“It’s hard to watch the news without hearing about a meth bust somewhere in the state. There’s a high incidence of drug abuse in Kentucky, and we’d like to impact health here at home, in our state,” he said. “And we know that medication development for drug abuse has to get creative.”



MEDIA CONTACT: Mallory Powell,





Free Saturday Swing Dance Lessons
College of Pharmacy Open House
Iron Pour
UK Women's Choir 20th Anniversary Concert
Adventure Hiking & Rappelling @ Red River Gorge
Pickin' Time Mountain Music and Harvest Day
Purposeful Retirement: Planning Your Next Stage of Life
Diwali Dhoom 2014
UK Percussion Ensemble
Day Hike
Curator Tour: Take My Word For It
Industry Career Week: Resumes and Cover Letters
Kentucky Volleyball vs. Morehead State
Industry Career Week: How to Impress Your Boss in 90 Days
Rock Star Professionalism Series
UK Lab Band
Industry Career Week: Networking and Job Search
Social Enterprise and Innovation / Certified Nonprofit Professional Program Informational Meeting
Circle of Love Name Distribution
Appalachian Forum with Dr. Fran Ansley
Dana Harper Gallery Reception
Career Assessment Workshop
LNFS Presents: Zona Sur
LNFS Presents: The Grand Budapest Hotel
UK Jazz Ensemble
Circle of Love Name Distribution
Abstract Workshop
Lauren Potter
LNFS Presents: V for Vendetta
Last Day to Withdraw or Reduce Course Load
Circle of Love Name Distribution
R.C. May Photography Lecture Series: Marvin Heiferman
Men's Soccer vs. Charlotte
Kentucky Volleyball vs. Georgia
Free Friday Evening Swing Dance
Kentucky Football vs. Georgia
Free Saturday Swing Dance Lessons
The Power of Poetry
The Lexington Lowdown and Free Lindy Hop Workshop
Swing Dance Featuring Live music by"The Metrognomes Orchestra"
UK Combos Concert
Kentucky Volleyball vs. Missouri
Circle of Love Name Distribution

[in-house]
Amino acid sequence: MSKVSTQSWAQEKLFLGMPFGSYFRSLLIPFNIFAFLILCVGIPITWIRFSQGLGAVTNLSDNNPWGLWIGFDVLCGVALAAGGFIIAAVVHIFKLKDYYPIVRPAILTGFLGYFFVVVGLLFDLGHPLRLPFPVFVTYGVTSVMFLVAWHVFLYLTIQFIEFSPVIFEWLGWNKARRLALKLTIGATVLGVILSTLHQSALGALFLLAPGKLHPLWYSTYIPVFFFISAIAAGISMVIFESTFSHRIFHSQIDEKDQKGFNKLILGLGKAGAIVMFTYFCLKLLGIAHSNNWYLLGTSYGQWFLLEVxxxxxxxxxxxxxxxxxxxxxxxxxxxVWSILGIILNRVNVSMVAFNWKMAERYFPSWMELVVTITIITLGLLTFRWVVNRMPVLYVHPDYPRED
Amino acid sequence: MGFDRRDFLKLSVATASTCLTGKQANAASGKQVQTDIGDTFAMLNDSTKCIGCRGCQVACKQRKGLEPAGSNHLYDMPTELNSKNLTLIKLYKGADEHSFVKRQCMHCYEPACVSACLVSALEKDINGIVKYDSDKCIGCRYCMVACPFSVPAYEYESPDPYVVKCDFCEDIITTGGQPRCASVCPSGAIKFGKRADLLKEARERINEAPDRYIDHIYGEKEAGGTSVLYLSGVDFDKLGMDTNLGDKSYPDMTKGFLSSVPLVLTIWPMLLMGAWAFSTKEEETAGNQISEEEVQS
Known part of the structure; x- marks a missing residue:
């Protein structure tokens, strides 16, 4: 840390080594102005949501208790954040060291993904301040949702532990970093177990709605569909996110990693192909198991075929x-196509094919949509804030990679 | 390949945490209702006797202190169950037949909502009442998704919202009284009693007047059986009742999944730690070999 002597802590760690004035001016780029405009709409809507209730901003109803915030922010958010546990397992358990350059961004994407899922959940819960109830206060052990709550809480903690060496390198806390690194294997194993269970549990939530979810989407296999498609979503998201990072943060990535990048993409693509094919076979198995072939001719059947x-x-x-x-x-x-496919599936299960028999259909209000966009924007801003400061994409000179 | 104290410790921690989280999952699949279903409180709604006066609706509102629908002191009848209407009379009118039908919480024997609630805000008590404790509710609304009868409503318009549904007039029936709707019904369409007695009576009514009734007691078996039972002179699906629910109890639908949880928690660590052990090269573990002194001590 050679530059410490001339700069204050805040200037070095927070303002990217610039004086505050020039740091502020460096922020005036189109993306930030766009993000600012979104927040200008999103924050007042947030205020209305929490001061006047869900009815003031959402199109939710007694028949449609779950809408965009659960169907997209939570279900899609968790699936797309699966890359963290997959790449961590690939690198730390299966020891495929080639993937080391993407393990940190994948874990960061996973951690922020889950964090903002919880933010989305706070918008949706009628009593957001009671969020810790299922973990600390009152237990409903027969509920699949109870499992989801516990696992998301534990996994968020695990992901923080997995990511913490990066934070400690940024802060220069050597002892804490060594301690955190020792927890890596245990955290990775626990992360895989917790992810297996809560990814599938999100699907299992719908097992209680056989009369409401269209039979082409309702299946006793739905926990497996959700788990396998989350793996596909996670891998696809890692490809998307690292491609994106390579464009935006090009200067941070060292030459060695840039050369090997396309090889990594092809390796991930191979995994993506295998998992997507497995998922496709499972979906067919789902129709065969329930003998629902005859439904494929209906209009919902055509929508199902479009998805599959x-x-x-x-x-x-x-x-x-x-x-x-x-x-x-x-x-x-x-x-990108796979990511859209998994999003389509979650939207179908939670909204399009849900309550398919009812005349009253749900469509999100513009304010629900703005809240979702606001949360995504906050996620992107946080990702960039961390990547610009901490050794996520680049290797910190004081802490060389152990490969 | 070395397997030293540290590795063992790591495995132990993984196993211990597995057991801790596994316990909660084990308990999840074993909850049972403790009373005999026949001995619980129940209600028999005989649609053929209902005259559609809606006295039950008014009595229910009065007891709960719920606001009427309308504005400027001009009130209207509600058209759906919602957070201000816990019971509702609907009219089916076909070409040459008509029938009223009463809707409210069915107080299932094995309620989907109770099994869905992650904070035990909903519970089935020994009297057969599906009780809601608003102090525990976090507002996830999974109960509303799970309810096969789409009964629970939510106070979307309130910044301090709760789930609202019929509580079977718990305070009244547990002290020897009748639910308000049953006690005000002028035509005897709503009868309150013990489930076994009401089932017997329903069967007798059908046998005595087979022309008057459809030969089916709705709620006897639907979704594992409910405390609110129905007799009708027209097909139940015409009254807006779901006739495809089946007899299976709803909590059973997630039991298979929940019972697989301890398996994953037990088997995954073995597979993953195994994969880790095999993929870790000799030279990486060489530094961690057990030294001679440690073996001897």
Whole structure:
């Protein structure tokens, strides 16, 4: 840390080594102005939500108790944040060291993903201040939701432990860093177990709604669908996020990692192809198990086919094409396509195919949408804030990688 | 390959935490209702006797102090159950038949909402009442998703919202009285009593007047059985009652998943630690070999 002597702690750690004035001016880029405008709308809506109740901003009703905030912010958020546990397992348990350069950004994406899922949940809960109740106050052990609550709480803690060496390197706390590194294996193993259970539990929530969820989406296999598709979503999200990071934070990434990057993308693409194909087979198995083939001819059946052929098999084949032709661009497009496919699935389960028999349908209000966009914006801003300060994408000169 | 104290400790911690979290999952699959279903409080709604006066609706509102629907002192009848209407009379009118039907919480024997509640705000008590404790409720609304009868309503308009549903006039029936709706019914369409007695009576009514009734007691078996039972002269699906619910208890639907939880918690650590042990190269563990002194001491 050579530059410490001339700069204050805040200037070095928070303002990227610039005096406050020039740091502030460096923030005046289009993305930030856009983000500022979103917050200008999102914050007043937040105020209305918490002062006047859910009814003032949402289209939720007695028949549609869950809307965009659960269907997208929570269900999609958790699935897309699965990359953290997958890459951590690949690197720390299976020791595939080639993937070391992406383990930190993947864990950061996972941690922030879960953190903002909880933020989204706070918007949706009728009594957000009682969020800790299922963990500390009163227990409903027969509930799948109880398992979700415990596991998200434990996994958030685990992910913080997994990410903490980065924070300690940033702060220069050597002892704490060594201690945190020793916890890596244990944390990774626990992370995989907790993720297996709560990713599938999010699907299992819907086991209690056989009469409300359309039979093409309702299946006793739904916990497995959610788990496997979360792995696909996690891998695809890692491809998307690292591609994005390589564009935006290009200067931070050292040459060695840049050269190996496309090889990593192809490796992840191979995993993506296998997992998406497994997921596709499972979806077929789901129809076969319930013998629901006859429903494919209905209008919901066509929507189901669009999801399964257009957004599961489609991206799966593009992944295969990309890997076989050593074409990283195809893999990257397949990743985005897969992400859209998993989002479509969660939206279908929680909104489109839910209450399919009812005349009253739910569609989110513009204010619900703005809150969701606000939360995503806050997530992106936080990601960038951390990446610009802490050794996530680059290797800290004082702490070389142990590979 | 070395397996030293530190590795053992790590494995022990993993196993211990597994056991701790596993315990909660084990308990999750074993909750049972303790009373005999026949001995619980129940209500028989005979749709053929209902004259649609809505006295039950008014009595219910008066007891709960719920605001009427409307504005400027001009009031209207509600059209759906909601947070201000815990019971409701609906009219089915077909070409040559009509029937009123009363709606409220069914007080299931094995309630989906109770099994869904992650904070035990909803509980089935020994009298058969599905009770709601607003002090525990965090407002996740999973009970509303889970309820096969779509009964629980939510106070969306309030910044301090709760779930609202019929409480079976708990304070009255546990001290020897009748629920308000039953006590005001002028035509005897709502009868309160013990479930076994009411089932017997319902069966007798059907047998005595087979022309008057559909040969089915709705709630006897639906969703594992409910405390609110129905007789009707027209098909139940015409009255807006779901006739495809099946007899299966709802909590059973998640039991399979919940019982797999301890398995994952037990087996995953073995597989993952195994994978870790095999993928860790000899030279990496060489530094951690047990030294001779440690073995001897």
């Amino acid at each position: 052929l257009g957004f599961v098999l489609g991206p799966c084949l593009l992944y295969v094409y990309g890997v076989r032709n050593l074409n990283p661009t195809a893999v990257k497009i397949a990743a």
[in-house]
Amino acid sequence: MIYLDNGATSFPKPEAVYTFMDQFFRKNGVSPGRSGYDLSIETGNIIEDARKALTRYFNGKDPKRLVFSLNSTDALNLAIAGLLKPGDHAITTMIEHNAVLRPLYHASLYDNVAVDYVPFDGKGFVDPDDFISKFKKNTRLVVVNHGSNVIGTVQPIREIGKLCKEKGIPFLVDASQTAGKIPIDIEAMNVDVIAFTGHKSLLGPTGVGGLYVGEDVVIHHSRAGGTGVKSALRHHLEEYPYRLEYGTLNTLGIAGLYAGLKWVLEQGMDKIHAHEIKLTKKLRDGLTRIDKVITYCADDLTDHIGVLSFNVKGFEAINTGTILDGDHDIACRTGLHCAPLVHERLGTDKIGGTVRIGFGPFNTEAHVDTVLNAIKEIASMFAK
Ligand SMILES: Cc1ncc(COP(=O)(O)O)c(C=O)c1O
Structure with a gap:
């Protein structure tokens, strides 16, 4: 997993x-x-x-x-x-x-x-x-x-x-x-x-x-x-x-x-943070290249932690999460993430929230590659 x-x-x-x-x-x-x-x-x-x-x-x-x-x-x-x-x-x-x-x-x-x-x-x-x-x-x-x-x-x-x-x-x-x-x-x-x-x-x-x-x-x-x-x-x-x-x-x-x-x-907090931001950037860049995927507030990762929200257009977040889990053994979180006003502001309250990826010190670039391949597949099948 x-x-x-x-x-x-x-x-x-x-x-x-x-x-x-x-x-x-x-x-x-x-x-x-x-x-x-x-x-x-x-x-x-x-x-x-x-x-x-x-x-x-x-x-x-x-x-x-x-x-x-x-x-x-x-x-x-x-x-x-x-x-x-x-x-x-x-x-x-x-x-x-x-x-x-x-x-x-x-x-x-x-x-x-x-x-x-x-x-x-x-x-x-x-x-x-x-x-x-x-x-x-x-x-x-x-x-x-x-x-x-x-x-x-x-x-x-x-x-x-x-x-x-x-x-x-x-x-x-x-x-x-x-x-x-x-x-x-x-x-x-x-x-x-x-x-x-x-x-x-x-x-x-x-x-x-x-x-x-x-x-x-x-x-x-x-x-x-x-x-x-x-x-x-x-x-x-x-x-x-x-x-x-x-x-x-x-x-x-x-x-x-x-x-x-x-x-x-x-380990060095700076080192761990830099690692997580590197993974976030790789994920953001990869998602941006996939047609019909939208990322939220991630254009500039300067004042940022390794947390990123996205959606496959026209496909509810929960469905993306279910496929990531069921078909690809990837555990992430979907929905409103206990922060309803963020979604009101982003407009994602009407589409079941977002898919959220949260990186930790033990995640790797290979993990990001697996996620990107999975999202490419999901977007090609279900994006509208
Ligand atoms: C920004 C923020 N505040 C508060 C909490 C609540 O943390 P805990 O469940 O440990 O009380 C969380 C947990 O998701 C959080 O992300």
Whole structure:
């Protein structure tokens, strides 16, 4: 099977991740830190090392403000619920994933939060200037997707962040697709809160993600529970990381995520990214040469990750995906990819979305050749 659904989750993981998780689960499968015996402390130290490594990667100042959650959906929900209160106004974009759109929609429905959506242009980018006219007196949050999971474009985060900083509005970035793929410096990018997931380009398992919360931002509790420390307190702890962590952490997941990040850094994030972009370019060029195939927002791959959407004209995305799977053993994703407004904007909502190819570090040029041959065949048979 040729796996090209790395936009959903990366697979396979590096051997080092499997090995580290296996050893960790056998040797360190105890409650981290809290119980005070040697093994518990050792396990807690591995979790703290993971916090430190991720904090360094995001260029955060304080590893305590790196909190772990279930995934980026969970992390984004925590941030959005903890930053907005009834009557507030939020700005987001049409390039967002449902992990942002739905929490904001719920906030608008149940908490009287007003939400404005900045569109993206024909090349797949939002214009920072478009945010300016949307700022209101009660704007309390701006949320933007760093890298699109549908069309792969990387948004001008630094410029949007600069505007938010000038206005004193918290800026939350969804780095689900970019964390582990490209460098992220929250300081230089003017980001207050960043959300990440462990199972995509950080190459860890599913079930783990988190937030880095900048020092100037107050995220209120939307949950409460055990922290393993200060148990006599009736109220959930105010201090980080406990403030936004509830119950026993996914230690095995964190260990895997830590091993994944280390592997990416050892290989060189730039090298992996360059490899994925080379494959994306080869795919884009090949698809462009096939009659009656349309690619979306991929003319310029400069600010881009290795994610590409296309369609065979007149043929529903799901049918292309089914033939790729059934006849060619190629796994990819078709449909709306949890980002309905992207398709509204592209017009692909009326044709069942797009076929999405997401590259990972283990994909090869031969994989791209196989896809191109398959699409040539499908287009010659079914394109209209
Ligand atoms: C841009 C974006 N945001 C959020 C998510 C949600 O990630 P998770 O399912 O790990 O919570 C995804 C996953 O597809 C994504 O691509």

UK Sax Ensembles
Job Club - Interviewing Strategies
Undergraduate Research Information Session
Jose Abisambra Presentation on Current Alzheimer's Research
Women of the World: Judy Smith
Internship Info Session
LNFS Presents: Reservoir Dogs
Refugee Life in America
#UKEDTALKS: International Opportunities for Education Majors
Leadership Assessment
Career Assessment Workshop
LNFS Presents: Iron Man 3
Chili and Pie Cook-Off Supper
#TrendingTopics: Vegetarians vs. Meat-Eaters
Campus Polar Plunge to benefit Special Olympics KY
LNFS Presents: La Demora
LNFS Presents: Pretty in Pink
LNFS Presents: Mean Girls
Free Saturday Swing Dance Lessons
Kentucky Volleyball vs. Florida
Greek Cinematography: Critical Approach and Discussion
"Storied Streets" Documentary Showing about Experiences of Homelessness
The Vexillology (the study of maps) Contest
UK Rep Bands Concert
College of Agriculture, Food & Environment 2014 Celebration of Land-Grant Research
Amanda Rogers, "Black Flags, ISIS 'Swag' & Jihadi Rap: Marketing Militancy after the Arab Spring"
Stories of Homelessness: Panel Discussion
The Vexillology (the study of maps) Contest
A Positive Approach to Caregiving Conference
Education Abroad Open House
CatWatch Party
Appalachian Forum and Film Screening of "Up the Ridge"
The Vexillology (the study of maps) Contest
LNFS Presents: The Princess and the Frog
Pinterest Party
International Games Day
Global Design with Phil Duncan
Caregiver Support Group
OXFAM Social Issues Banquet
The Vexillology (the study of maps) Contest
Much Ado About Nothing
LNFS Presents: I Travel Because I Have To, I Come Back Because I Love You
LNFS Presents: The Big Lebowski
International Education Week Keynote Speaker: Christie Vilsack, Senior Advisor for International Education at USAID
Tobacco-free Tailgate 5 Year Anniversary
Bollywood Night
The Vexillology (the study of maps) Contest
Much Ado About Nothing
LNFS Presents: Water For Elephants
4th Annual Markesbery Symposium on Aging & Dementia
Freedom from Fear: On Black Childhood and Other Dangers
Bouldering @ Stone Fort
The Vexillology (the study of maps) Contest
Much Ado About Nothing
Bouldering @ Stone Fort
Free Saturday Swing Dance Lessons
The Vexillology (the study of maps) Contest
Much Ado About Nothing
Bouldering @ Stone Fort
UK Symphony Band and UK Concert Band
The Vexillology (the study of maps) Contest
Free Thanksgiving Shuttle to Blue Grass Airport
Free Thanksgiving Shuttle to Blue Grass Airport
Job Club - What is your money habitude?
Multicultural Student Thanksgiving Dinner
Thanksgiving - Academic Holidays
Free Thanksgiving Shuttle to Blue Grass Airport
Thanksgiving - Academic Holidays
Thanksgiving - Academic Holidays
Thanksgiving - Academic Holidays
Free Saturday Swing Dance Lessons
Kentucky Volleyball vs. Arkansas

Sat, 11/29/2014

Mon, 12/01/2014

Tue, 12/02/2014

Reset Page